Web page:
parental notification in that circumstance, and to notify instead the
appropriate state child abuse agency. Some opponents of H.R. 748, however,
wish to exempt abuse victims entirely from the scope of the bill -- an
approach that would greatly increase the likelihood that these minors would
be subjected to abortions and then returned to the cycle of abuse.
H.R. 748 also contains an exception that would apply to a rare case, should
it ever occur, in which a girl's life is endangered and an abortion is
necessary to prevent her death. Opponents of the bill, however, have argued
that the bill should be amended to exempt any case in which an abortionist
asserts that an abortion will benefit the "health" of a minor. The term
"health" is often construed to include alleviation of emotional distress and
thereby could be employed to cover any abortion.
However, in a case in which a minor has a genuine serious physical health
problem, that is all the more reason that a parent should be involved. Only
the parent is likely to know the child's full medical history, and it is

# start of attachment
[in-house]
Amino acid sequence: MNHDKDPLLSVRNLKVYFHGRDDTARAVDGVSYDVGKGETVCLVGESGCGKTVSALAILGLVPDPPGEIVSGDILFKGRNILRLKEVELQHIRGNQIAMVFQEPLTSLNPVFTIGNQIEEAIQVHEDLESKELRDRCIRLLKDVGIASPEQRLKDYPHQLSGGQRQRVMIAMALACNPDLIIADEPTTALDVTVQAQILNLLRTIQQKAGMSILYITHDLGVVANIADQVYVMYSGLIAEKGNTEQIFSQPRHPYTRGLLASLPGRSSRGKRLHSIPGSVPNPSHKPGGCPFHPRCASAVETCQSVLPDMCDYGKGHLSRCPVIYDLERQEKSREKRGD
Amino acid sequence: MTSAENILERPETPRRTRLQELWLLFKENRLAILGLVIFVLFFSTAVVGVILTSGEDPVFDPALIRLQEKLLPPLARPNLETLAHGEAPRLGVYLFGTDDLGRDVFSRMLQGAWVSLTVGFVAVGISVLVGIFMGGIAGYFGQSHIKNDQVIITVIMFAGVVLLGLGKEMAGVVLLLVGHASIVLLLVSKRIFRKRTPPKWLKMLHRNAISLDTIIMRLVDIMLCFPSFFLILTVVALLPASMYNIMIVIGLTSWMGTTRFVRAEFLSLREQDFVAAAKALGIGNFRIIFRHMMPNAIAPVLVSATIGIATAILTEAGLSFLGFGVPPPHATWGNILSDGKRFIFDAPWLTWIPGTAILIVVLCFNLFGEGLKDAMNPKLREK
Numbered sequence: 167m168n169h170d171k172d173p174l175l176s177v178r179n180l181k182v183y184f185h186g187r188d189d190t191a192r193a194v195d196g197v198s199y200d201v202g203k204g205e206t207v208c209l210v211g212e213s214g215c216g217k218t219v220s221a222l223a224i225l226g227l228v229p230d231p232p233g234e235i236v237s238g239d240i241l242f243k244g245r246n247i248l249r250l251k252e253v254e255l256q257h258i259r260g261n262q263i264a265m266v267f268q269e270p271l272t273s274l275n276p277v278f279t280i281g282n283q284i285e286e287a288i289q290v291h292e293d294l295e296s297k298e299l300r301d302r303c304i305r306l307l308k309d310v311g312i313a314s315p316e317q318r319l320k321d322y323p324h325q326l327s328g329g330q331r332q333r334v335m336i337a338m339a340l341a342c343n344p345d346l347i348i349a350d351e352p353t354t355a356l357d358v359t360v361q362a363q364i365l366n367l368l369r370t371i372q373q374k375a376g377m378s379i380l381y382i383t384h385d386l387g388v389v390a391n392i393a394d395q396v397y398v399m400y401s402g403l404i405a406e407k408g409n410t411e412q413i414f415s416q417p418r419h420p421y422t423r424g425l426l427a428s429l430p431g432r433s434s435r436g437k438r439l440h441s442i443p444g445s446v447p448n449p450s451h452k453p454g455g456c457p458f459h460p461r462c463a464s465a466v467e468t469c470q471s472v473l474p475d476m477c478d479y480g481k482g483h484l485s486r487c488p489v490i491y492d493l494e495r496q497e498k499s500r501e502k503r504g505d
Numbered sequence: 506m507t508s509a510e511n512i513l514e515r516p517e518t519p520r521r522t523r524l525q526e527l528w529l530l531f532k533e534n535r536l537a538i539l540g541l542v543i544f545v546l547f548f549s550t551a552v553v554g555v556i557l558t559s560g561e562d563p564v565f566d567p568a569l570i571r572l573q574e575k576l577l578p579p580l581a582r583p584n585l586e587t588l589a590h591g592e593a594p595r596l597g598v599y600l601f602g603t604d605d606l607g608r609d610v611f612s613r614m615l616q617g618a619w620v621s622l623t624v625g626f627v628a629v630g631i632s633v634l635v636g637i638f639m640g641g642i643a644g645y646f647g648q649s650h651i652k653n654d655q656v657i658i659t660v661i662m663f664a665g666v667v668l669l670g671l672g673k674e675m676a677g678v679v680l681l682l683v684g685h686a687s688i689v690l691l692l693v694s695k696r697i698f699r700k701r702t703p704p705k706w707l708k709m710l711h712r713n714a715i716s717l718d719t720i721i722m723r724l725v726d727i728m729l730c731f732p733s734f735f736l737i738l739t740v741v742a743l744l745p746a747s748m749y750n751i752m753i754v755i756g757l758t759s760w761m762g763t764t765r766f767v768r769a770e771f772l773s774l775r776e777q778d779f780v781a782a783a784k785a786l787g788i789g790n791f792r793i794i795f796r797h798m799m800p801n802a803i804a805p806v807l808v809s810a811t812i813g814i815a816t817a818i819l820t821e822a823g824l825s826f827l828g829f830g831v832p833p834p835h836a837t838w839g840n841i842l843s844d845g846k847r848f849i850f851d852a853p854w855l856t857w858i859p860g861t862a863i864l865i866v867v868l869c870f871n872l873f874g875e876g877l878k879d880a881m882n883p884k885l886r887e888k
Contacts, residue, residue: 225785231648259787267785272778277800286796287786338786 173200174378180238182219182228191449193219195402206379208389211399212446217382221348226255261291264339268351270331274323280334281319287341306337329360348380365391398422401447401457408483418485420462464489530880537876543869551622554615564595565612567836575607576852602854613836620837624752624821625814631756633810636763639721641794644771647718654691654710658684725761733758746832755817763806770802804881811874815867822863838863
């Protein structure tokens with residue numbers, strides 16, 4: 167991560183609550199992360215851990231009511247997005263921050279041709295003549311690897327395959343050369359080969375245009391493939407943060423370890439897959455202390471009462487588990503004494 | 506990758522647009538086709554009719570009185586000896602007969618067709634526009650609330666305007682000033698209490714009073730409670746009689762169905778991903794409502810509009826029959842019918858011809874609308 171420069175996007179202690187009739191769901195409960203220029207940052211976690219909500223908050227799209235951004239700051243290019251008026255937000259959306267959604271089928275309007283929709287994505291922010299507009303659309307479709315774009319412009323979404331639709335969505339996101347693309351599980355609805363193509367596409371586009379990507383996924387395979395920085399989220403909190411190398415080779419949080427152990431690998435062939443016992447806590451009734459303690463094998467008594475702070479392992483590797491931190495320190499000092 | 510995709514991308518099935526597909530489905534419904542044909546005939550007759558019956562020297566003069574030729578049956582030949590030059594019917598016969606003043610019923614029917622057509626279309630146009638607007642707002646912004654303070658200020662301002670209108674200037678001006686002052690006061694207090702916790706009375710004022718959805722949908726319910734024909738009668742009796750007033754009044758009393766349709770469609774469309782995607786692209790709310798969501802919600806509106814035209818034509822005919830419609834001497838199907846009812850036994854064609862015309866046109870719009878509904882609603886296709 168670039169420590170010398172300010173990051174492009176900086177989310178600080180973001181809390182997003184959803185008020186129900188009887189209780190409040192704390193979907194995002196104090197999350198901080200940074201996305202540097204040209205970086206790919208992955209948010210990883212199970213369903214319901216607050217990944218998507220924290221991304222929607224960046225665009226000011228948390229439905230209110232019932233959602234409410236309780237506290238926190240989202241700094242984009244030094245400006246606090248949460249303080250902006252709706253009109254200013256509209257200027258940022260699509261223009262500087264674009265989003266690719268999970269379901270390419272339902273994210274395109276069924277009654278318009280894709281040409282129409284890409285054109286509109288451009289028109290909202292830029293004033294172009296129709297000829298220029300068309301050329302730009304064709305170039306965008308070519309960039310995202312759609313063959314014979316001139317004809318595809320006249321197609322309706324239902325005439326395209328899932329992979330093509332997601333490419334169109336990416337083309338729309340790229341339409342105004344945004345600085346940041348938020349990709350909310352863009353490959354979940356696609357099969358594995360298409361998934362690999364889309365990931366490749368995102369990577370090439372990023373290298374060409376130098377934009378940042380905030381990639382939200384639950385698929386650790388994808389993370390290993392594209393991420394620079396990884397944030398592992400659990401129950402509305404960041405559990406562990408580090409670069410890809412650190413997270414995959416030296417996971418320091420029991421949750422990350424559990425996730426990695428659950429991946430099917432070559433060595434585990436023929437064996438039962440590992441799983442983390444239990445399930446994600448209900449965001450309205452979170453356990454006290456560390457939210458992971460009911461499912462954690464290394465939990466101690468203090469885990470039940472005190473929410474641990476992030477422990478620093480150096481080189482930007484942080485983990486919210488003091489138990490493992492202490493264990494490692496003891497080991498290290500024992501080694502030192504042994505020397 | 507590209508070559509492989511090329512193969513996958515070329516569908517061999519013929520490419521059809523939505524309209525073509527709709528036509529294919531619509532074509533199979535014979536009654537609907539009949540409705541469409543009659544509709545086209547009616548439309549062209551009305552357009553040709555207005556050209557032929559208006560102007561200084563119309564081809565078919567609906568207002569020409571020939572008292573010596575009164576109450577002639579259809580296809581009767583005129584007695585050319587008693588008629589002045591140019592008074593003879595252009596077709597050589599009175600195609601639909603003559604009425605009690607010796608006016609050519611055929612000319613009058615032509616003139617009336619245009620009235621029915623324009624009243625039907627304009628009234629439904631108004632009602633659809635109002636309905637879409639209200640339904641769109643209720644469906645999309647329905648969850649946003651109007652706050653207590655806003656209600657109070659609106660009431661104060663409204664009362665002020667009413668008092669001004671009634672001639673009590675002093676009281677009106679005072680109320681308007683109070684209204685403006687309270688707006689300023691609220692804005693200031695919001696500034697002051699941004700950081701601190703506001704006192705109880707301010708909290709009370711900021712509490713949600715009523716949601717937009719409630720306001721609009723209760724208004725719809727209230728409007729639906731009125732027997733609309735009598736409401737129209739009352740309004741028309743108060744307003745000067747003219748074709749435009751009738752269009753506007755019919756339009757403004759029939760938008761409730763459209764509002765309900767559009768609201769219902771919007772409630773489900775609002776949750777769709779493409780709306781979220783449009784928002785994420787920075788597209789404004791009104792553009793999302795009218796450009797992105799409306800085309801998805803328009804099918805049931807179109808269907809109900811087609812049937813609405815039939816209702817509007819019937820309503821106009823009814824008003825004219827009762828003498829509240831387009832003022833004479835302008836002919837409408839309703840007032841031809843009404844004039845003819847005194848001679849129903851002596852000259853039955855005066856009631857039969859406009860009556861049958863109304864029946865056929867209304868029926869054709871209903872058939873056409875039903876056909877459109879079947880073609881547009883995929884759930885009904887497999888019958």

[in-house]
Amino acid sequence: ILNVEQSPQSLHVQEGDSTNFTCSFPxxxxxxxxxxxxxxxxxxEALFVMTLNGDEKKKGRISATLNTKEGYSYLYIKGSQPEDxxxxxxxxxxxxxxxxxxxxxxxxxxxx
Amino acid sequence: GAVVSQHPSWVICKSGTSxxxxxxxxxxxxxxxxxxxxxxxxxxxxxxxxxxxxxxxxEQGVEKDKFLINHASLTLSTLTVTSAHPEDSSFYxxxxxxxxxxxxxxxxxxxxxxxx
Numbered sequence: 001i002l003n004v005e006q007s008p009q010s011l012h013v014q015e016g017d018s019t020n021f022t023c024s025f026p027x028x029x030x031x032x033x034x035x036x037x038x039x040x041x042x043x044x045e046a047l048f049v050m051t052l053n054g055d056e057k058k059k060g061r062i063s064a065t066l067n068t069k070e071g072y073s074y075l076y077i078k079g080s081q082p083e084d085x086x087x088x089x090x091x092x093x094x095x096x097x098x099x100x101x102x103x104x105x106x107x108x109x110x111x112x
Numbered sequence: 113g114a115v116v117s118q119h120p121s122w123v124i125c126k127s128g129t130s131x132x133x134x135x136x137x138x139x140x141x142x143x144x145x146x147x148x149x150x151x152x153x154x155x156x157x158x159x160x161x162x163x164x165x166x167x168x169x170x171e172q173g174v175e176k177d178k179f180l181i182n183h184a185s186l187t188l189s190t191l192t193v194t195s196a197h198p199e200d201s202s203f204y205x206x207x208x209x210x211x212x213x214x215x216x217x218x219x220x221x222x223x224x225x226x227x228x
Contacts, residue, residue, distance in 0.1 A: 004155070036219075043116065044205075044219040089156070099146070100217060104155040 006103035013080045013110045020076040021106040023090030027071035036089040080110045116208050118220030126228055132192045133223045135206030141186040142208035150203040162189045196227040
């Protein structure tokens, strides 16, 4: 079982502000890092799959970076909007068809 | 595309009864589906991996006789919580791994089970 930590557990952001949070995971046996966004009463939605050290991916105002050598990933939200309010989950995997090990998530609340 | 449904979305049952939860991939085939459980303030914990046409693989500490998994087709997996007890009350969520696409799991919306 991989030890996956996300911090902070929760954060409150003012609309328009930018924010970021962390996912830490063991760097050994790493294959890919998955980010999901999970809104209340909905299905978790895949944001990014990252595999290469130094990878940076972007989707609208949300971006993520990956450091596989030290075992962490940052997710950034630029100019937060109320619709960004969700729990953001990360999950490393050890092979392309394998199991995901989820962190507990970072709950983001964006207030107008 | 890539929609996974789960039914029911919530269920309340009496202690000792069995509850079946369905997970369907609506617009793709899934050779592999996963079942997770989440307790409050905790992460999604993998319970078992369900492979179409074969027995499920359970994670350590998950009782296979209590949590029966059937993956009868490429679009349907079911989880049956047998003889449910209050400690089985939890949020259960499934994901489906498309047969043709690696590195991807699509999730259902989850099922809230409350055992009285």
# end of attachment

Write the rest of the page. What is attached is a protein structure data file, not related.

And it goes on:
likely to be a parent who must recognize and respond to an infection or
other complications of an abortion -- complications that a parent might well
overlook if he or she does not even know that an abortion has occurred.
In addition to the exceptions described above, H.R. 748 also recognizes and
accepts a waiver issued by a court in the home state of any minor whose home
state already has a parental involvement law in effect. In other words,
under H.R. 748, the same judicial bypass process that suffices for an
abortion in the minor's home state, also would suffice for the minor to
receive an out-of-state abortion. That is not sufficient for the opponents
of H.R. 748, however, who want to permit complete circumvention of the home
state's parental involvement requirements, including the judicial bypass
Parental notification and parental consent laws are supported by
overwhelming majorities of the public. For example, when a national
Quinnipiac University poll of 1,534 registered voters, conducted March 2-7,
2005, asked, "Do you favor or oppose requiring parental notification before
a minor could get an abortion?," 75% favored and only 18% opposed.
Please oppose all weakening amendments and procedural attacks on H.R. 748,
and support the bill on final passage. NRLC expects to include the roll
call on final passage, and also the most important preceding roll calls on
procedural questions and amendments, in the NRLC scorecard of key pro-life
congressional roll calls for 2005.
Thank you for your consideration of NRLC's position on this important
legislation. For additional information regarding parental notification for
abortion, including the results of other public opinion polls on this issue,
here, reply to this e-mail, or call the NRLC Federal Legislation
Department at 202-626-8820.
NRLC Legislative Director
NRLC Congressional Liaison